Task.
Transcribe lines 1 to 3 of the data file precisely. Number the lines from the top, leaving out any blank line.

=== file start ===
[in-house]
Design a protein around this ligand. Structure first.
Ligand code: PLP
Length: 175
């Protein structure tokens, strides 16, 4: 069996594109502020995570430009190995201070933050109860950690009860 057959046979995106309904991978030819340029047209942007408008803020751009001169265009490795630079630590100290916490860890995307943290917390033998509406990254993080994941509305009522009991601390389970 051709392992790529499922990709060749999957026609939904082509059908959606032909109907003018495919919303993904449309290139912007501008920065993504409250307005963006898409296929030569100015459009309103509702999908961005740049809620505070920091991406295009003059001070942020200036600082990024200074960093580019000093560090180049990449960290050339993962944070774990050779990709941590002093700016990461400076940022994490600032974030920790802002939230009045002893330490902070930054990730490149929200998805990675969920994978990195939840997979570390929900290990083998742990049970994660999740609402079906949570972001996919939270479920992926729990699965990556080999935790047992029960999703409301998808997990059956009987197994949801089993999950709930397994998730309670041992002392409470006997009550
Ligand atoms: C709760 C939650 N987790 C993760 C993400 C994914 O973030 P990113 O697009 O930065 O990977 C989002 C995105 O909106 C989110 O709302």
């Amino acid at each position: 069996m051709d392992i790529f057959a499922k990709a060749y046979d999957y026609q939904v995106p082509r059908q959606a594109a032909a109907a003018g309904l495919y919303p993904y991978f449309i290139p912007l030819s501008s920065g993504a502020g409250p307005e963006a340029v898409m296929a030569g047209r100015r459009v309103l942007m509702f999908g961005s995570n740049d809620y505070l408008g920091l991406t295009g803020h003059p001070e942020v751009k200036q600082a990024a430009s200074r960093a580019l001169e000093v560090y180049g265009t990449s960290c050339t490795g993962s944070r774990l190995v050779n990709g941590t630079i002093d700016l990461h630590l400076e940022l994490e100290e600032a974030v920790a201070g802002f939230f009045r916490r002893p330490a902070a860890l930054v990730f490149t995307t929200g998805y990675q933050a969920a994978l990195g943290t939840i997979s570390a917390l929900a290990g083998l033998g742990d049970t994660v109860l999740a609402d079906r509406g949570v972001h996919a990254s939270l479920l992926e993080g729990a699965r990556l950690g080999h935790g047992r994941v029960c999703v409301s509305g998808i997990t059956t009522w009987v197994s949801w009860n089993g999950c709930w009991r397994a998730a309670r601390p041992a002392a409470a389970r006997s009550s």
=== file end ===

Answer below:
[in-house]
Design a protein around this ligand. Structure first.
Ligand code: PLP